Egosoft released X3: Terran Conflict in October of last year. Since that time, Egosoft has worked steadily on numerous patches and enhancements to the game. This has culminated in version 2.0 which contains, aside from numerous bug fixes, a ton of new content to the existing game. Egosoft has re-released the game with the 2.0 update, calling it X3: Terran Conflict 2.0 – The Aldrin Missions.
The basic gameplay of X3TC 2.0 remains largely unchanged. The game puts the player into the game universe and sends them on their merry way, either following the main storyline or branching out and exploring on their own. Players can start the game as a number of different characters, each with their own difficulties, equipment, and alliances. There are only four of these characters to start, however more will be unlocked at certain points in the game.
If you have never played an ‘X’ game before but think you will just breeze through it based upon past experience in games like Wing Commander or Freespace, think again. X3TC has a very steep learning curve due to the sheer number of things you can do in the game universe as well as a clunky, albeit best of the series, control design.
Controlling your ship was definitely based on the mouse. I grew up in a time where we controlled our space games with Joysticks but apparently this is passe. Attempting to use my X52 Pro flight stick and throttle quadrant was an abysmal mess. While I could assign various joystick axis to various commands, I could never add additional axis into the game. For whatever reason, X3TC was using my throttles thumb rotator as the in-game throttle. Anyhow, even if I did get the joystick working, the mouse is needed to navigate through the on-screen UI elements of the game controls. However, as I previously stated, this is by far the most streamlined control system in an ‘X’ game since the original X: Beyond the Frontier.
The cool thing about the franchise has always been its sim-approach to space life and this installment is no different. You really get the feeling of what it would be like to exist in this environment. Traveling from place to place is not like you see in Star Wars or any of the Trek films. Space is ‘big’ to say the least, and in X3TC it takes a long time to get around even with time acceleration enabled. There is a huge laundry list of things you can do in X3TC. You can do just about anything from becoming a wealth industrialist with your own factories and fleets to even becoming a solo pirate who pillages anything you fancy (just be careful of those Terran space forces). You can even hire NPCs to haul cargo for you. Egosoft has been developing the franchise since 1996 and their experience in the genre definitely shows in the game’s veratility.
Visually, X3TC is easily the best-looking PC space game out there at the moment short of the DirectX 10 version of EVE Online. Only unlike EVE Online, X3TC was designed for single-player gaming only. There is no multiplayer mode to speak of. In an interview we did a while back with Egosoft founder Bernd Lehahn, he did say an MMO is still on the drawing board and something they would like to do in the future. The space environments are simply beautiful and planets are rendered with stunning detail. I often looked to the stars as a boy and wondered what it would be like to be ‘out there’ exploring. Visually-speaking this is probably very close to the truth. Not only are the planets well-done, but the ships and stations you encounter can be truly awe-inspiring in their scale and detail.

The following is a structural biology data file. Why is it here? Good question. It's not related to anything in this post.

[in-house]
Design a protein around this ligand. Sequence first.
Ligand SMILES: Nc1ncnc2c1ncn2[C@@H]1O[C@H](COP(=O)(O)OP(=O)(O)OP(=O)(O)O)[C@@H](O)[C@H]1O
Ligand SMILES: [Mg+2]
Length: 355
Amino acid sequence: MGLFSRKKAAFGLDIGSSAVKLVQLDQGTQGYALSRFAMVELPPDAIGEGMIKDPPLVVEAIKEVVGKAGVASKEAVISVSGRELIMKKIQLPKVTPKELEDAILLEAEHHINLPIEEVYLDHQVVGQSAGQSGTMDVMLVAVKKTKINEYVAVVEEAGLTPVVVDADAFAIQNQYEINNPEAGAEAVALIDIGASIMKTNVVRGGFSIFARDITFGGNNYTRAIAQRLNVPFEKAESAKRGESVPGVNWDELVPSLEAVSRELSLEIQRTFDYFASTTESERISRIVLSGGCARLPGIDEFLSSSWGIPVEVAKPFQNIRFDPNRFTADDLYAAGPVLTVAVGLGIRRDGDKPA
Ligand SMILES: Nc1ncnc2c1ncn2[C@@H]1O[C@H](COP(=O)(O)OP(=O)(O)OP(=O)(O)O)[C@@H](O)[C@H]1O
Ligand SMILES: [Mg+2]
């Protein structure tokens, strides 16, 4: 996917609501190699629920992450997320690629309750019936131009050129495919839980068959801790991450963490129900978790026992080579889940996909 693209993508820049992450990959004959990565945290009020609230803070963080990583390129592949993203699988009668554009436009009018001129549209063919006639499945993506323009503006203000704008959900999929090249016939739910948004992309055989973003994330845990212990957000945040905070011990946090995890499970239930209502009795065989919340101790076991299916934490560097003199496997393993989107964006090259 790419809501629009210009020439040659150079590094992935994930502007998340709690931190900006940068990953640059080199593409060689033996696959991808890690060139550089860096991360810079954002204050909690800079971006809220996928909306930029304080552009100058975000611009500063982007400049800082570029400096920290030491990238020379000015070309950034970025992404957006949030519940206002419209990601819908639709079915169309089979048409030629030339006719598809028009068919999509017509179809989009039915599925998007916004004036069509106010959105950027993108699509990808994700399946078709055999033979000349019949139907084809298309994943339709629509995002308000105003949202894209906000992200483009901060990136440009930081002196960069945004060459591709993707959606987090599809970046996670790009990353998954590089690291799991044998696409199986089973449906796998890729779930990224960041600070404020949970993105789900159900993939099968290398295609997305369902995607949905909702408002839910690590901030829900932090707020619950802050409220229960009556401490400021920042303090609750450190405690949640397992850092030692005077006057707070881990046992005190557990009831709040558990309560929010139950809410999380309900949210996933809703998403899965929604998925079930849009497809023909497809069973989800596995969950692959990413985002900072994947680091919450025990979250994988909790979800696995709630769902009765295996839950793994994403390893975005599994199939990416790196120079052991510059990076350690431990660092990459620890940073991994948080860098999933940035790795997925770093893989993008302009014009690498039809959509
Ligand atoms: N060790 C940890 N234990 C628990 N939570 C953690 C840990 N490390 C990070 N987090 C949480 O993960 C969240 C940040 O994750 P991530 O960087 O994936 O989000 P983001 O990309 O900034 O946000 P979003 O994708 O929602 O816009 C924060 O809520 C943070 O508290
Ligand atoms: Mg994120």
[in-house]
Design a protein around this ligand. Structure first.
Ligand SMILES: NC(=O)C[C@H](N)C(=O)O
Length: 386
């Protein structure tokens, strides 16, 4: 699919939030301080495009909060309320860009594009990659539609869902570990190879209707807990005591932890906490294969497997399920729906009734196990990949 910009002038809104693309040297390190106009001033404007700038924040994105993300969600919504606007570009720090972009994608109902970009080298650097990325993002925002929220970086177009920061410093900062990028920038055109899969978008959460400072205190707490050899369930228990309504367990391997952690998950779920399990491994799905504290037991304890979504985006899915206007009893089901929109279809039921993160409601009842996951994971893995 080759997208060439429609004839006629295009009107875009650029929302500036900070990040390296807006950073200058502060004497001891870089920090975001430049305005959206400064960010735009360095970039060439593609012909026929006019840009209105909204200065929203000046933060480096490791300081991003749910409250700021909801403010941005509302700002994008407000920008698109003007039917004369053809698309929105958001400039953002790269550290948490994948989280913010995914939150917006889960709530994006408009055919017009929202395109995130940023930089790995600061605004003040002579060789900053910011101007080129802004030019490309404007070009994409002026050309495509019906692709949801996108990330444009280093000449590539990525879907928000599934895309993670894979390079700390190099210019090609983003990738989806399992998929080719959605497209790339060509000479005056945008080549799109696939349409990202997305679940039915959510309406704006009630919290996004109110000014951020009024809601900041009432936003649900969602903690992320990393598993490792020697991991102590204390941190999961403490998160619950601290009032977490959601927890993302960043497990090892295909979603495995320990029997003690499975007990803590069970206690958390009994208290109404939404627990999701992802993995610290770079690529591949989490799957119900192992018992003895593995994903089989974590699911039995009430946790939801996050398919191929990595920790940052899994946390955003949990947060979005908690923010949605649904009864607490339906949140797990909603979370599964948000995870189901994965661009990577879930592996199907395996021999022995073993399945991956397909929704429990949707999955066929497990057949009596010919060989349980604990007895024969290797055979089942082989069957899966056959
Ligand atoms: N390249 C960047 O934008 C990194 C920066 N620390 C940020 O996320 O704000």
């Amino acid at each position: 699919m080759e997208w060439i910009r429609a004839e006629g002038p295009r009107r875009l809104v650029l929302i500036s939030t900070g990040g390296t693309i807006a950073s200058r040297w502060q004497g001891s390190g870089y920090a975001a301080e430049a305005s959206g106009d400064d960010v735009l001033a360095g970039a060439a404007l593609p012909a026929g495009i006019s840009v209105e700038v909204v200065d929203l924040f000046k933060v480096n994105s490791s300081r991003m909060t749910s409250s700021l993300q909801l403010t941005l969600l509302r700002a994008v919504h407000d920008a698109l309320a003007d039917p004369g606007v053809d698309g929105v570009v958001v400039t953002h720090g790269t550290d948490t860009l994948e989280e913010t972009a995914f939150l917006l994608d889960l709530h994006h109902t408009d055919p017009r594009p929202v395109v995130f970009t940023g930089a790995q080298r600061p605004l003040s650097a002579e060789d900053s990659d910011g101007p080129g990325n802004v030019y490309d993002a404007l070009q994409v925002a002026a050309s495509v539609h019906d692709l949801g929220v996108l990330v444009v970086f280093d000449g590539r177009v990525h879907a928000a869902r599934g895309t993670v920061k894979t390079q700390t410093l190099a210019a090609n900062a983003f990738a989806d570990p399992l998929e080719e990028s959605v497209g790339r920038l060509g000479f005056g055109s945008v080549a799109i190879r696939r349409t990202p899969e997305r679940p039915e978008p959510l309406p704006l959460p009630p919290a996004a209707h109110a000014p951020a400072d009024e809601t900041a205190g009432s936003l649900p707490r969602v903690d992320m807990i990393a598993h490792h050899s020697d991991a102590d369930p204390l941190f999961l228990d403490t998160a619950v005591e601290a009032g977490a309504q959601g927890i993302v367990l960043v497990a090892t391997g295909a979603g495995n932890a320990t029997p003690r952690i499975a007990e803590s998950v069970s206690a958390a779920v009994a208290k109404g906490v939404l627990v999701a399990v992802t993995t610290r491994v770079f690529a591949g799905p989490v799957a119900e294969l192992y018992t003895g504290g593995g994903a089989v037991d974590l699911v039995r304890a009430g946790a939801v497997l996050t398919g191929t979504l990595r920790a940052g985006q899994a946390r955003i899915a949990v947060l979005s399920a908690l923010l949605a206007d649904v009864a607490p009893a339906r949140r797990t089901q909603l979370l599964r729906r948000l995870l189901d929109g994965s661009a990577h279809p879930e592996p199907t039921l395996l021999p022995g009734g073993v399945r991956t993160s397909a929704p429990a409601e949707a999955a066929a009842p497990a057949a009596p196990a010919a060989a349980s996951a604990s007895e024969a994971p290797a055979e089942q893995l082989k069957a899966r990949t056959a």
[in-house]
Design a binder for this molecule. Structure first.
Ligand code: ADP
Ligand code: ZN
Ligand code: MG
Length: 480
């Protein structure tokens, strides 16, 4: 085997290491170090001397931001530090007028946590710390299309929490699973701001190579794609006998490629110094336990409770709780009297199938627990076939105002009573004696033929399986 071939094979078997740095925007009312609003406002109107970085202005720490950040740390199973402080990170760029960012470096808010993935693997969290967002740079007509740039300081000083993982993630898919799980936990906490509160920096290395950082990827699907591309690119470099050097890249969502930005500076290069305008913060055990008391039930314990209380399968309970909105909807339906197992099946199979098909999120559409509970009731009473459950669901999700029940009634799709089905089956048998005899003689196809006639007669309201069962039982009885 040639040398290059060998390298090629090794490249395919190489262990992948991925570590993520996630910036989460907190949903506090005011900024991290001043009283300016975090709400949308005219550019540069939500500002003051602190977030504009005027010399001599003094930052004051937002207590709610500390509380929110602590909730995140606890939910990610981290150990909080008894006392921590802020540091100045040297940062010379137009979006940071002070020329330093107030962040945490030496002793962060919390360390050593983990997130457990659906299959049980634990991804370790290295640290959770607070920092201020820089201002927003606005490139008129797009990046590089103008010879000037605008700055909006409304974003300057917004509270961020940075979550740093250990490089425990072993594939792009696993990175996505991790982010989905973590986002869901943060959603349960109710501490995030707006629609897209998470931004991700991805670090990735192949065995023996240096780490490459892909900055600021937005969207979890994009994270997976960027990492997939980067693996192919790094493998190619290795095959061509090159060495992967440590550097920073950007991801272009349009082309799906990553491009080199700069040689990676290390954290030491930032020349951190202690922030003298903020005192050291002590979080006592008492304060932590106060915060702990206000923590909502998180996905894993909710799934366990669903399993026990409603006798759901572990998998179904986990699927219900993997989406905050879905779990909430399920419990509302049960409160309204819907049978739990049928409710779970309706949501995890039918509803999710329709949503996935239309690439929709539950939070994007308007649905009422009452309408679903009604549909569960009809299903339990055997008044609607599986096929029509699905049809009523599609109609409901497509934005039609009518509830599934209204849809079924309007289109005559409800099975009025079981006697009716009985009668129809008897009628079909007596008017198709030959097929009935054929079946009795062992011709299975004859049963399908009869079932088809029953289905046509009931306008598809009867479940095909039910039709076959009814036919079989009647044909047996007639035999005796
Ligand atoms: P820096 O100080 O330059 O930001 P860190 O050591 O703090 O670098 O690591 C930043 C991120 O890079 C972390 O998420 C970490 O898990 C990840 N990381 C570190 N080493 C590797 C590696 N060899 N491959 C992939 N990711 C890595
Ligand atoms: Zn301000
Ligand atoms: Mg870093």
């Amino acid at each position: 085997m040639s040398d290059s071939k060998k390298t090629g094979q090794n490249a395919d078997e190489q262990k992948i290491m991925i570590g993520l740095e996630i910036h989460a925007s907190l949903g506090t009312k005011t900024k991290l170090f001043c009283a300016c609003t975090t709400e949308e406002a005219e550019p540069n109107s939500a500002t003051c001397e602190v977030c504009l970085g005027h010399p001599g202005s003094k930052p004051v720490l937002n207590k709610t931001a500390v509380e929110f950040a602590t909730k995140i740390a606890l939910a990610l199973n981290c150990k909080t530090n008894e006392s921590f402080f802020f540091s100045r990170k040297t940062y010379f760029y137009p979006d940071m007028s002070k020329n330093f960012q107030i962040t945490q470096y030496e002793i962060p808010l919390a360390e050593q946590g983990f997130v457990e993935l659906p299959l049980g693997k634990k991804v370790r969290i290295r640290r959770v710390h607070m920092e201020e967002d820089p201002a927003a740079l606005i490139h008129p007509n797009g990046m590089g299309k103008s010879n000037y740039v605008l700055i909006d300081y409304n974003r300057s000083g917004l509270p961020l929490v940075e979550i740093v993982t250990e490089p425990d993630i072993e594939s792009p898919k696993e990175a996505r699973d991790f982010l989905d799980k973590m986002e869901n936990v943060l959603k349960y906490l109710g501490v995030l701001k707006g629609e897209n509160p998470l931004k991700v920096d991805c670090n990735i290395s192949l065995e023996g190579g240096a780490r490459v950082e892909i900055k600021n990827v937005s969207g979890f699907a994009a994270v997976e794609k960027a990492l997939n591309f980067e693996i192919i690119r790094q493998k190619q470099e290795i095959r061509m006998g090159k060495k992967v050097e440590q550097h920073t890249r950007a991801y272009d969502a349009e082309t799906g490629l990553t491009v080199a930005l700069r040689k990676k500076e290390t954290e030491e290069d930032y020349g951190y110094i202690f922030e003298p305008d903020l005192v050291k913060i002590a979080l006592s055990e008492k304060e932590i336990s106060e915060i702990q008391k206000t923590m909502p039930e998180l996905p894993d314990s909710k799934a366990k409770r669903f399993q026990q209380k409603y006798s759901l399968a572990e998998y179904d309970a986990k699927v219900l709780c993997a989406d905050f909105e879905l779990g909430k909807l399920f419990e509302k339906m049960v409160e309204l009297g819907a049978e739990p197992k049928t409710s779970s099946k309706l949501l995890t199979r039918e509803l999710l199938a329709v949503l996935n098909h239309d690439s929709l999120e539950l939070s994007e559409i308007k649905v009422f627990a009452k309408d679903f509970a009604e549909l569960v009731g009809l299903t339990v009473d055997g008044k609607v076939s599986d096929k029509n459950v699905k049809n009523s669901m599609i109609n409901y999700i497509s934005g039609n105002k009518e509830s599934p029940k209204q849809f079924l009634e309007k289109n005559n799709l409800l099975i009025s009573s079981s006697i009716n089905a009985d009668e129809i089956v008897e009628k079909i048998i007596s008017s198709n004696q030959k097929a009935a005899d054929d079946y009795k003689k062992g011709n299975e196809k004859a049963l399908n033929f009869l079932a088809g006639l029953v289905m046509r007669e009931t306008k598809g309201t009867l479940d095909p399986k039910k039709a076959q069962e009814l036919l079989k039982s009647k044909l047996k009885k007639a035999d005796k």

Sound design in X3: Terran Conflict 2.0 is adequate, however the voice work in the English version of the game is not nearly up to snuff. This is due in large part to the fact that Egosoft is a German development house and their actors were fighting a language barrier. Next time it is our hope that they will hire native English-speakers. It may seem like an insignificant detail to some but having believable voice work would definitely add to the games immersion-factor.
The Aldrin Missions add whole new sectors of space to explore as well as a new mission to undertake, the basic premise being that a previously-lost colony of humans has been discovered and the plan is to reintegrate them into the rest of humanity. Unfortunately for both sides the reunification is not easy and you will be called upon to figure out what or who is trying to stop this from happening.
Overall, X3: Terran Conflict 2.0 – The Aldrin Missions is a fun bundle of epic space simulation for those that do not already own X3: Terran Conflict. If you do own the original version you can simply download the 2.0 update for free at Egosoft’s website. Just remember going in that this is an ‘X’ game and you will need to seriously devote some time to fully-understanding the controls and interface to get the most out of your game. Egosoft has included a one hundred plus pages instruction manual which will help you along your way and I suggest you read it before delving into the game. So check this epic out and really immerse yourself in the material, you will be suprised even if you are not usually a fan of the genre.